I was recently asked by one of my PhD supervisors to help out on a paper by doing some metagenomic analyses. My mission was essentially to perform some taxonomic analyses of metagenomes and show how a metagenome generated in our lab related to these.
So, naturally, I said yes, carried out the necessary analyses and proceeded to design a figure to show the result. I figured a dendrogram would be a nice way of showing compositional similarity between the community we studied and other communities. First of all, I set about creating a distance matrix and plotting the dendrogram like so:
library(vegan) data(dune) # load some dummy data commDist <- vegdist(dune, "jaccard") # calculate the community similarity distance matrix plot(hclust(commDist))
There you go. It’s easy to generate a basic dendrogram using any sort of distance matrix. So I then started tidying it up to make it a bit more presentable.
siteLabels <- paste("Sample ", rownames(dune), sep = "") # create some sample labels plot(hclust(commDist), labels = siteLabels, main = "", sub = "", xlab = "", ylab = "Jaccard Similarity", lwd = 2, cex = 1.2)
Much nicer! We’ve gotten rid of the nonsense at the bottom, given a more informative y axis label and generally made things ‘nicer’. Except, when I saw the first draft, I saw my supervisor had rotated the plot so that the leaf tips pointed to the left. For some reason this just looked wrong to my eyes and so I opted to replot the dendrogram, in a more sensible orientation.
Note that to do this, we have to change our approach slightly. For some stupid reason, when we want to plot a dendrogram horizontally, we have to coerce the hclust output to dendrogram class. Additionally, the ‘plot’ method for a dendrogram class object no longer accepts the labels parameter, so we must rename the rows of our dataframe and recalculate the distance matrix instead.
rownames(dune) <- siteLabels # rename rows of dataframe with our sample labels created earlier commDist <- vegdist(dune, "jaccard") # recalculate the distance matrix so that it features our new sample names par(mar = c(5, 1, 1, 5)) # adjust margins to make room for tip labels # replot the dendrogram, note that we can now remove the "main =" and "sub =" arguments # also remember to switch the x and y labels! plot(as.dendrogram(hclust(commDist)), xlab = "Jaccard Similarity", lwd = 2, cex = 1.2, horiz = T)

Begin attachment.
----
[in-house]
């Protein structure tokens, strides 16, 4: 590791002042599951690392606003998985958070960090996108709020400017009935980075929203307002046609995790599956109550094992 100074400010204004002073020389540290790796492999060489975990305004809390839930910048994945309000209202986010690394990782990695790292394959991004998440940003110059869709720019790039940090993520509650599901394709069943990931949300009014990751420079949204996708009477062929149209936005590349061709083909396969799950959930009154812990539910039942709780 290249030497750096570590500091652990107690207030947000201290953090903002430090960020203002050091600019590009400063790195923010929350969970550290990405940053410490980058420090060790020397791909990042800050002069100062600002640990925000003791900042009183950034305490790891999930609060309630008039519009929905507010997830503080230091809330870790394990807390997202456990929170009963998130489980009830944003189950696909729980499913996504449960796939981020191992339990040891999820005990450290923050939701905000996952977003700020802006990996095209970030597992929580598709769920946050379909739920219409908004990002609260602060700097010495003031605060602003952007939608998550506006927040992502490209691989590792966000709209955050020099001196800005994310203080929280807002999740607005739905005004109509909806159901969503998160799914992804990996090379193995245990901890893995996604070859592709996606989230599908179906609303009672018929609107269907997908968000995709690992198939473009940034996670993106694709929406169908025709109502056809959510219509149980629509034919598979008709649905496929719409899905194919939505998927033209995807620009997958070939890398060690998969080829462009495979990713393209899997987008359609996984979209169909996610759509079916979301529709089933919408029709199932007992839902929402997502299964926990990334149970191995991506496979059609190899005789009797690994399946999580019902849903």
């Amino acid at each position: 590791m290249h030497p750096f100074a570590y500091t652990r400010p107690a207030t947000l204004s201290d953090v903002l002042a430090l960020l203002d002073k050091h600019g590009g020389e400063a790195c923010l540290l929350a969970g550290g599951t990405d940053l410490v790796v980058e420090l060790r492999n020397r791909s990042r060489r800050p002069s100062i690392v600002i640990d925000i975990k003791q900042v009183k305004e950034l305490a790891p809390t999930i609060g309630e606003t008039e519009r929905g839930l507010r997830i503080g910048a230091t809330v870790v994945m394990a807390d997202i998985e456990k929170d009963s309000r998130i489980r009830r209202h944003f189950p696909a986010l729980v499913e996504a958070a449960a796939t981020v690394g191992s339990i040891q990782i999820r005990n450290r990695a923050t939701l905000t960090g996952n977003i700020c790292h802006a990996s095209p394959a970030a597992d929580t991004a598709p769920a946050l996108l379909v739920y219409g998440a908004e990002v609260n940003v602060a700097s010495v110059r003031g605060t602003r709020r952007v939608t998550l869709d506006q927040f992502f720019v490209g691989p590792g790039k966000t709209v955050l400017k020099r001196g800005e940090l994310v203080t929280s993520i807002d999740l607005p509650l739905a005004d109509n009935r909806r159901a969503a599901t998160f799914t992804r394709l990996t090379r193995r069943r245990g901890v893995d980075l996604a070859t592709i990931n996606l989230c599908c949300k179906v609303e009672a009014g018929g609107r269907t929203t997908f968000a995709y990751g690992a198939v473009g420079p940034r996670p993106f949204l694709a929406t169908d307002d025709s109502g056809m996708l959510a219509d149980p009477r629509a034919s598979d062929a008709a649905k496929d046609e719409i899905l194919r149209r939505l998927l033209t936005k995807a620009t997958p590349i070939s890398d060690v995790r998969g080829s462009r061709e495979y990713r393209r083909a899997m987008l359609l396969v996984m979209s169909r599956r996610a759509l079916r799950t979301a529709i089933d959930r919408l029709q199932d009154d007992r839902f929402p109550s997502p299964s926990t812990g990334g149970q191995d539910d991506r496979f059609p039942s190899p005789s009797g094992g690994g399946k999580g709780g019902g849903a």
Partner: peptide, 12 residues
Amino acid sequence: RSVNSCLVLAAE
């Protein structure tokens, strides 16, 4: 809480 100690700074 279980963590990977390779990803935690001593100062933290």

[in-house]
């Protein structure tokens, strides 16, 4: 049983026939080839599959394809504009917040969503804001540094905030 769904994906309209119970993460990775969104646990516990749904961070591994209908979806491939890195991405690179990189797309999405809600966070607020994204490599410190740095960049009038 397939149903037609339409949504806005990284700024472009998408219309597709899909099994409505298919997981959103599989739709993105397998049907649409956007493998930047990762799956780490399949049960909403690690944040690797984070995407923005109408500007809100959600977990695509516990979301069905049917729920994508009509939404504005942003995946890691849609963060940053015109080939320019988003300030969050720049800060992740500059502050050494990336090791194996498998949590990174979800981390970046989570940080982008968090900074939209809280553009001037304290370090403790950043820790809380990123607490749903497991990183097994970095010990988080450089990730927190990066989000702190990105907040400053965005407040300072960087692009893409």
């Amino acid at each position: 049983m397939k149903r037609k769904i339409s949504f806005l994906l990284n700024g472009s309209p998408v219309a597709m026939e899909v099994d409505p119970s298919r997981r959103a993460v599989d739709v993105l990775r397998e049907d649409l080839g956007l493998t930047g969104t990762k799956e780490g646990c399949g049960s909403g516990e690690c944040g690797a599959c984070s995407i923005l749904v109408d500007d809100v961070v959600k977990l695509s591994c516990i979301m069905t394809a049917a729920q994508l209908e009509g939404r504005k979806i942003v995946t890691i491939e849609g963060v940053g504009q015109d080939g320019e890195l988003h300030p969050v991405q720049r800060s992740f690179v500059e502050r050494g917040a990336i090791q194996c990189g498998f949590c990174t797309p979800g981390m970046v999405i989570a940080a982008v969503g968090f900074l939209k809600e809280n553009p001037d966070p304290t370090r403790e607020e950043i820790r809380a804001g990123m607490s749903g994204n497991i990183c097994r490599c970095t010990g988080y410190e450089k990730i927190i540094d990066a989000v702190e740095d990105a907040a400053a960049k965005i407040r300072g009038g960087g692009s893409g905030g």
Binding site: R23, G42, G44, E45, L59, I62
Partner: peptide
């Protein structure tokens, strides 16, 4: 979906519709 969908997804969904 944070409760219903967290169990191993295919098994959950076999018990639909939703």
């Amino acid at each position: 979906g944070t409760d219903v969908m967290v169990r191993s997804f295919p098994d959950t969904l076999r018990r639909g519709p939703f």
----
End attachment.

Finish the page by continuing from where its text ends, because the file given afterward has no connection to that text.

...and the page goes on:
Perfect! Or at least I thought so. Turns out my supervisor liked the improved orientation but didn’t like the way the branches all ended at the same point. That should be easy to correct right? Wrong!
I spent near enough an entire day trying to get this plot perfect without success. I went as far as exploring the
ggdendro package which allows plotting of dendrograms in a ggplot-esque manner.
Then I stumbled on a solution, enter
dendextend! A quick peek of the package manual reveals some really awesome capabilities, I really urge you to take a look as some of the figures you can create are amazing.
For my humble needs, this package solved all my problems easily, and in a couple of lines I’d created exactly the figure my supervisor wanted.
ifelse("dendextend" %in% rownames(installed.packages()) == T, library(dendextend), install.packages(dendextend))
##  "dendextend"
# uncomment following line if this is the fist time you've installed this package! # library(dendextend) dend1 <- as.dendrogram(hclust(commDist)) wellHung <- hang.dendrogram(dend1) # the cheeky variable names are absolutely essential! plot_horiz.dendrogram(wellHung, side = F, xlab = "Jaccard Dissimilarity")
There you go, an awesome package which save me from wasting too many more days of work!